Pay Attention
Why are so many women just now finding out they have ADD?

By Emily A. Kane, ND, Lac

"Things are out of order at home, at work, and in my mind,” says Ursula Yeats of Juneau, Alaska, a somewhat agitated 51-year-old woman struggling to preserve her third marriage and her relationship with her 9-year-old daughter. “I have unfinished projects everywhere,” she says.

ADHD or ADD: What’s the difference?
The terms attention deficit hyperactivity disorder (ADHD) and attention deficit disorder (ADD) are often used interchangeably and do basically refer to the same disorder. Adults usually are diagnosed as having ADD, however, because symptoms of hyperactivity tend to diminish with age, often taking the form of restlessness or fidgeting. Yeats, a patient of mine whose name has been changed here, may not seem like the obvious attention deficit hyperactivity disorder (ADHD) candidate. After all, ADHD has long been considered a boy’s disorder with symptoms including inattention, hyperactivity, and impulsivity. But according to the national nonprofit organization Children and Adults with Attention-Deficit/Hyperactivity Disorder, ADHD, also known as attention deficit disorder (ADD), is found in approximately 2 percent to 4 percent of the adult population, including some 4 million women. Adults with ADD usually don’t appear hyperactive, but rather have trouble focusing and finishing projects, are disorganized and easily distracted, often lose things, and tend to be procrastinators.

Although once considered two to three times more common in males than females, the ratio is now about equal, according to Deerfield, Illionis-based Peter Jaksa, PhD, past president of the Attention Deficit Disorder Association. In fact, more and more adult women are being diagnosed with ADD—some after their children have received an ADHD diagnosis.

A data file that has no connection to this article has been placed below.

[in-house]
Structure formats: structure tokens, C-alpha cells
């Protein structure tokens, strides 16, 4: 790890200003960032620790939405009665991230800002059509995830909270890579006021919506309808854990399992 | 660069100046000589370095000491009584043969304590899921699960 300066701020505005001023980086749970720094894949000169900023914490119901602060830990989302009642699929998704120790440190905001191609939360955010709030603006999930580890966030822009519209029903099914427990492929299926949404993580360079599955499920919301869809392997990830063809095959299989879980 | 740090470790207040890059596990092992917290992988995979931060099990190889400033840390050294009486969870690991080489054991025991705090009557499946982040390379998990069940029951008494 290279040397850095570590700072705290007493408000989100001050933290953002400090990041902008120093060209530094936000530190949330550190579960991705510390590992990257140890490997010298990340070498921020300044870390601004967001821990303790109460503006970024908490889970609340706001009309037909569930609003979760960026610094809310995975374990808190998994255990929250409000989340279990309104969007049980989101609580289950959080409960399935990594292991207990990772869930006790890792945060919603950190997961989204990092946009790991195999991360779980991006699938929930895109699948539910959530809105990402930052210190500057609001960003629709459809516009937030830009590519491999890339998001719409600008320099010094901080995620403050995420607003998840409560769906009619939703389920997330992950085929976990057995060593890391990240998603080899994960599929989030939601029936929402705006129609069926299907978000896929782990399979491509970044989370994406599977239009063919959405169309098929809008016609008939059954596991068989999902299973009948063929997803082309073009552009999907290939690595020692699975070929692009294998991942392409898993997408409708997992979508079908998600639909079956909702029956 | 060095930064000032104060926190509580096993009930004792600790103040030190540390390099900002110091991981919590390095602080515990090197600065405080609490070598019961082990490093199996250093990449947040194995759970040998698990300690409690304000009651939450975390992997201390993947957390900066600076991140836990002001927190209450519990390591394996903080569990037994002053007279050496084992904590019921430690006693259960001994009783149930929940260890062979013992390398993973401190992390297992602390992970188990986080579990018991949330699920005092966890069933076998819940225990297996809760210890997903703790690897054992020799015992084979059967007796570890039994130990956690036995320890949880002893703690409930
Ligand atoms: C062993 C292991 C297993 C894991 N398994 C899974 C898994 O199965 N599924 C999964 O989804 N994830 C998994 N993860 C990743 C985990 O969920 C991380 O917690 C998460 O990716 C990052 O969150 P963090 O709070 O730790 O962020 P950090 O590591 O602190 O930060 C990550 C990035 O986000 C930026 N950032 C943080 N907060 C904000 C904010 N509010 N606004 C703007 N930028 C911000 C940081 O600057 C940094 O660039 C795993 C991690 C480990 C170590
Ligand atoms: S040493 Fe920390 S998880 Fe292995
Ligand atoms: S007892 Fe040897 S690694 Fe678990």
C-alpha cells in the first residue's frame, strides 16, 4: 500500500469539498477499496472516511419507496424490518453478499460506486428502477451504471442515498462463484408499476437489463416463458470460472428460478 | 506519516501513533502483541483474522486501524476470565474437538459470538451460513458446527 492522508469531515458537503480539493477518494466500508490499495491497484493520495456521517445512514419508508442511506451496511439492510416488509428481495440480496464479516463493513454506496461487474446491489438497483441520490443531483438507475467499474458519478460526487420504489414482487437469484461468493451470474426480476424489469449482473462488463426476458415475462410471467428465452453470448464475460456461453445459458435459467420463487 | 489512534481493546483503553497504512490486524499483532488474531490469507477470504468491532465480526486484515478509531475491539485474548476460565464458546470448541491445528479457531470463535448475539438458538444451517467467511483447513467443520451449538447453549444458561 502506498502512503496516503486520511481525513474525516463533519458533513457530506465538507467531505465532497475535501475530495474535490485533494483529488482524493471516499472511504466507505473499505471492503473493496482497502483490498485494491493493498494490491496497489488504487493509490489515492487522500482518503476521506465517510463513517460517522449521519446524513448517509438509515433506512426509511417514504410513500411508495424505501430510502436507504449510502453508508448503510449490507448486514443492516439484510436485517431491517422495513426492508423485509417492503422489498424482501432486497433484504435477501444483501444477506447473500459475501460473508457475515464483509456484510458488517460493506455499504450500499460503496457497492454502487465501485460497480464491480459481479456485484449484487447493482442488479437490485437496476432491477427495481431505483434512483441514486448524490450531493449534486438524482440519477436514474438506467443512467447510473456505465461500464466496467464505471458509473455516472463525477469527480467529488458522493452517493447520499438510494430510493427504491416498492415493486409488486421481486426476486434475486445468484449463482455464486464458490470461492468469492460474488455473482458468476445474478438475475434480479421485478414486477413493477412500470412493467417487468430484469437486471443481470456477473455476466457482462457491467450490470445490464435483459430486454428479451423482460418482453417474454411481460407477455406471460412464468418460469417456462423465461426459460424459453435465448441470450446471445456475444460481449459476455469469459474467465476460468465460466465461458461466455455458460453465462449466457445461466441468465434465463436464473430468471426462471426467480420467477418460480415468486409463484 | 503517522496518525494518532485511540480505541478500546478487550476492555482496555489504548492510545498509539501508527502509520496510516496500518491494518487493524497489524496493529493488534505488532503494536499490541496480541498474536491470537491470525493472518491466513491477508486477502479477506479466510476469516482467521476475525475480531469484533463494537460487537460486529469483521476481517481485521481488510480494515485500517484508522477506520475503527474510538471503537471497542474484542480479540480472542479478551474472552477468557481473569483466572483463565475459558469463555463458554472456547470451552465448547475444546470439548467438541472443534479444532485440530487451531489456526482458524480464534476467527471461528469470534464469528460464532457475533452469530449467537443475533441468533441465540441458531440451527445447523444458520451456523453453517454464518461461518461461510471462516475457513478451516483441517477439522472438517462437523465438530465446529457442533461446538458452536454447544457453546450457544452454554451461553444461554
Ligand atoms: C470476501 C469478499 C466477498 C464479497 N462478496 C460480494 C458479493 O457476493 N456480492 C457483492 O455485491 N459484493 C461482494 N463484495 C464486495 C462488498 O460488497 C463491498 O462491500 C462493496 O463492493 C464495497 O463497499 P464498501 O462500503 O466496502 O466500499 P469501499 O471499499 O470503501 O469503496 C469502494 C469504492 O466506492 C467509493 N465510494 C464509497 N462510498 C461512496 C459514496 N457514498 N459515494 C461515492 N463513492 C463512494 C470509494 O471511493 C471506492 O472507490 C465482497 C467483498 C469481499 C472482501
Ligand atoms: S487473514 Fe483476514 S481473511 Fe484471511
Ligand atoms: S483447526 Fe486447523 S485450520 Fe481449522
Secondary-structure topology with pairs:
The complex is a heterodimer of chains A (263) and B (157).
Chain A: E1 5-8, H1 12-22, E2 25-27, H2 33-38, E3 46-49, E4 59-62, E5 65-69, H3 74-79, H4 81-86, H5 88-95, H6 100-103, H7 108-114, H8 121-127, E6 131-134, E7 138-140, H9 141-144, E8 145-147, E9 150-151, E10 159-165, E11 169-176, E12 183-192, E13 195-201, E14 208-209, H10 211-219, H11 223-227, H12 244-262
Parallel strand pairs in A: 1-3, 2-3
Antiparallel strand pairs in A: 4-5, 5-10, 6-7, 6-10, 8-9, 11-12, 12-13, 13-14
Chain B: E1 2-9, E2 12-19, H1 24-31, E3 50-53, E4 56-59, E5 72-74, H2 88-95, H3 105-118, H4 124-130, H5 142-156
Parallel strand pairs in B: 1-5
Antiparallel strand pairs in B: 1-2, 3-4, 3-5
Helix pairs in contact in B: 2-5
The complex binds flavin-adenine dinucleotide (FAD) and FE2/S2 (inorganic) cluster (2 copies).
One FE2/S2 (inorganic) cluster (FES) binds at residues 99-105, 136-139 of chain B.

Like mother, like daughter
ADHD begins in childhood, but according to the Center for Adult ADHD, only recently has it been acknowledged that approximately 40 percent of children outgrow their pattern of inattention. That means some 60 percent of children with ADHD will continue to have symptoms later in life—symptoms that may interfere with school, work, and relationships, causing pain and hardship well into adulthood. The side effects of adult ADD run the gamut, from having trouble performing numerous tasks at work, balancing a checkbook, or keeping one’s home organized, to frequently changing jobs, being unable to maintain relationships, or experiencing drug-related or psychiatric problems. In fact, research shows that teenagers with ADHD are more likely to abuse alcohol and drugs than their non-ADHD peers (Journal of Abnormal Psychology, 2003, vol. 112, no. 3). A 2002 study that followed 208 ADHD children into adulthood also revealed that women were more likely than their counterparts to be admitted for psychiatric treatment in adulthood, develop schizophrenia, have mood disorders, and abuse drugs and alcohol (The British Journal of Psychiatry, vol. 181).

Doctors believe diagnosing a female with ADD is more difficult than diagnosing a male—and therefore women are often undertreated. “Women with ADD may go undiagnosed, or misdiagnosed, at the doctor’s office and often are mistakenly put on antidepressants,” says Judyth Reichenberg-Ullman, ND, LCSW, coauthor of Ritalin-Free Kids (Prima Lifestyles, 2000) and Rage-Free Kids (Prima Lifestyles, 1999). One important reason for this underdiagnosis is that girls tend to be overlooked by doctors who more commonly notice ADHD in overly active and disruptive boys. Why this gender bias? The strongest feature of attention deficit in boys and men is hyperactivity—a very obvious, telltale symptom that girls usually don’t exhibit. “ADD goes more unnoticed in females, especially those who are inattentive and not hyperactive,” notes Reichenberg-Ullman.

Today, mothers of young girls who are being diagnosed with ADHD often become aware of similar behavior patterns that they themselves have lived with since childhood. Yeats, for example, realized she had the disorder when her daughter was diagnosed with ADHD. Indeed, more than 20 studies confirm that ADHD can be inherited. A recent study by the University of Maryland ADHD Program showed that parents of children with ADHD—specifically mothers—were found to be 24 times more likely to have ADD compared with parents of kids who don’t have the disorder (Journal of the American Academy of Child and Adolescent Psychiatry, 2003, vol. 42, no. 12). Getting an adult ADD diagnosis and proper treatment can end years of confusion and hardship.